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The Personal Data Protection Law (PDPL) was implemented by Royal Decree M/19 of 9/2/1443H (16 September 2021) approving Resolution No. 98 dated 7/2/1443H (14 September 2021). It was published in the Official Gazette on 24 September 2021.
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The Saudi Data & Artificial Intelligence Authority (SDAIA) will supervise the implementation of the new legislation for the first two years, following which a transfer of supervision to the National Data Management Office (NDMO) will be considered.

According to SDAIA’s announcement, the PDPL is intended to ensure the privacy of personal data, regulate data sharing and prevent the abuse of personal data in line with the goals of the Kingdom’s Vision 2030 to develop a digital infrastructure and support innovation to grow a digital economy.

What are the penalties for non-compliance?
The disclosure or publication of sensitive data contrary to the PDPL may result in penalties of imprisonment for up to two years or a fine of up to SAR 3,000,000 (US$ 800,000). Violation of the data transfer provisions could result in imprisonment for up to one year and a fine of up to SAR 1,000,000 (US$ 266,600). In respect of all other provisions of the PDPL, the penalties are limited to a warning notice or a fine of up to SAR 5,000,000 (US$ 1,333,000).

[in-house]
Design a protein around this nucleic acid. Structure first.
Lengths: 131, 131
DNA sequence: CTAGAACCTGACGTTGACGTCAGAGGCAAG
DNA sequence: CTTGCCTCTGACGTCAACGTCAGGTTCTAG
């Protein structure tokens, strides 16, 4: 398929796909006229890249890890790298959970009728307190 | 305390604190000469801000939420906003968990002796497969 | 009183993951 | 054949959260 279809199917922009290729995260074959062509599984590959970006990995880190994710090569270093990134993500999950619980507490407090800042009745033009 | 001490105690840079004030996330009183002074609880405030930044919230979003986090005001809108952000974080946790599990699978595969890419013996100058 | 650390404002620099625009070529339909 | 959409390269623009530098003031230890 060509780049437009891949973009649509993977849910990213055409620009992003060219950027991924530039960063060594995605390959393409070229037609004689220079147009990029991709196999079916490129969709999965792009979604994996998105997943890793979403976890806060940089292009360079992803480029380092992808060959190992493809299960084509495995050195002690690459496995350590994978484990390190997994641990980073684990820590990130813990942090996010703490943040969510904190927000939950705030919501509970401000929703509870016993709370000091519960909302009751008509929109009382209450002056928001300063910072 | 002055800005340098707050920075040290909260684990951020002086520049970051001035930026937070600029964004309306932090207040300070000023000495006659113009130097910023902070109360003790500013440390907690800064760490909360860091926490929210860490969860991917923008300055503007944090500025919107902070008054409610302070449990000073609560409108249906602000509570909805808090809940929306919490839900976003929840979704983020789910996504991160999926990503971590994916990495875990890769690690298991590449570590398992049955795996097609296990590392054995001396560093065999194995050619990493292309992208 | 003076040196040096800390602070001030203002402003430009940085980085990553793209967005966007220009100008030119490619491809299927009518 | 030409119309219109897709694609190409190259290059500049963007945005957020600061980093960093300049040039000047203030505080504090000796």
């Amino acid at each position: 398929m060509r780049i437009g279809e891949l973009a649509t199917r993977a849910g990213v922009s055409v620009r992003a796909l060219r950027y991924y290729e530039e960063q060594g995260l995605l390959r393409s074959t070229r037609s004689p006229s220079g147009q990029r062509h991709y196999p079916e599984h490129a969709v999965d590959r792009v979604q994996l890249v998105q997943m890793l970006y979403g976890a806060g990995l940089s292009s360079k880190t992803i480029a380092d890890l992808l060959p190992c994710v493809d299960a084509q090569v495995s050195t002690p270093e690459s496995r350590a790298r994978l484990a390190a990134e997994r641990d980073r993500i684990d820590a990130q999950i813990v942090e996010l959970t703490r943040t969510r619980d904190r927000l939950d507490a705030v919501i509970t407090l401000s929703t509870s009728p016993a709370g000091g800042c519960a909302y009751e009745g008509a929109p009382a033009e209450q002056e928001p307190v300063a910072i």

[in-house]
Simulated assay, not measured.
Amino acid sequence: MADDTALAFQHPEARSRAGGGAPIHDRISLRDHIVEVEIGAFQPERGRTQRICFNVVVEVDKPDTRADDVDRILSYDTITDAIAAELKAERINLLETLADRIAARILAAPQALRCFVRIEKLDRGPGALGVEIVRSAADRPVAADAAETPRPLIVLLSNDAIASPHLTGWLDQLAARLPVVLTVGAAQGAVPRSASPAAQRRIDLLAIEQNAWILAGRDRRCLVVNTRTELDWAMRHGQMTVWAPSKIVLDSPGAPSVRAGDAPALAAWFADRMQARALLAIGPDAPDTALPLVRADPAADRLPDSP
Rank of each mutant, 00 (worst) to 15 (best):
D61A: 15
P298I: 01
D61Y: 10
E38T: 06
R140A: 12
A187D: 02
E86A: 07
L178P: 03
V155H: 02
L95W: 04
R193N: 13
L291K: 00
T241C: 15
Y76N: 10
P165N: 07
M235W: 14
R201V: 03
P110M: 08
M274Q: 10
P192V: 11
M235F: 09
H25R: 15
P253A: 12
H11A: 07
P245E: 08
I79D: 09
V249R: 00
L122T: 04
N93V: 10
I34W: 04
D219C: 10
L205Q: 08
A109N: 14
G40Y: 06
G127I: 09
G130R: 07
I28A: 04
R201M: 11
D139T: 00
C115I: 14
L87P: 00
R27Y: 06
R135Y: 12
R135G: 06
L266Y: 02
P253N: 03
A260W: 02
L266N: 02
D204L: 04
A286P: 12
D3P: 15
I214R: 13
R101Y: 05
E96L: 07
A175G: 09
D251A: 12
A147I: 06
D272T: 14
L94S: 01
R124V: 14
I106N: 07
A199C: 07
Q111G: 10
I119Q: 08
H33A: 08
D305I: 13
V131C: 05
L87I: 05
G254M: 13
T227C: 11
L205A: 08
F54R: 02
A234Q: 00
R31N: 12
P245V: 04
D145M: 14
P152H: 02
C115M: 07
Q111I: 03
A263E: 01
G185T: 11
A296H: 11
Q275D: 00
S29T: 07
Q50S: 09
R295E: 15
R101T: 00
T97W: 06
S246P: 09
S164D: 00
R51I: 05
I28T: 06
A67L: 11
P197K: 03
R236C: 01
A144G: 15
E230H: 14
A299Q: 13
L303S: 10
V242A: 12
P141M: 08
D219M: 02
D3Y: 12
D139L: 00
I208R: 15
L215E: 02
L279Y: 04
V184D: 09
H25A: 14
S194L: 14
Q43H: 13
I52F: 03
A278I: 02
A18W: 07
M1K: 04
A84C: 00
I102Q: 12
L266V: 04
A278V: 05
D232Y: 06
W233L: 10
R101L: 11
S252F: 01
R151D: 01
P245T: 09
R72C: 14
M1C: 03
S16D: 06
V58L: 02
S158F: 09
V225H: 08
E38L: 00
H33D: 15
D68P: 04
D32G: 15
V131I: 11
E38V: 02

Any of the fines could also be increased up to double the stated maximums for repeat offences and the court may order confiscation of funds gained as a result of breaching the law and/or require publication of the judgment in a newspaper or other media at the offender’s expense. Parties affected by the offences may be able to claim compensation.

The need to be prepared:
The PDPL is stated to take effect 180 days after its publication in the Official Gazette, which means that it will be effective from 23 March 2022. The executive regulations supplementing the Law should also be issued within this period.

All businesses operating in Saudi Arabia or processing the data of Saudi residents will now need to start assessing their activities and making changes to align with the PDPL. Controllers will be required to hold training for staff on the terms and principles of the PDPL and will need time to ensure that a culture of data protection is suitably embedded into the organisation.

How we can help.
The team at Grant Thornton have supported several businesses to comply with the regulations, our specialist team apply the data protection framework which includes identification of gap analysis through to ensuring you have a future ready process embedded to protect both your firm and its reputation.

Download the detailed report which has been co-authored by Clyde & Co.

To discuss how we can support your firm further, contact Ahmad Al Zoubi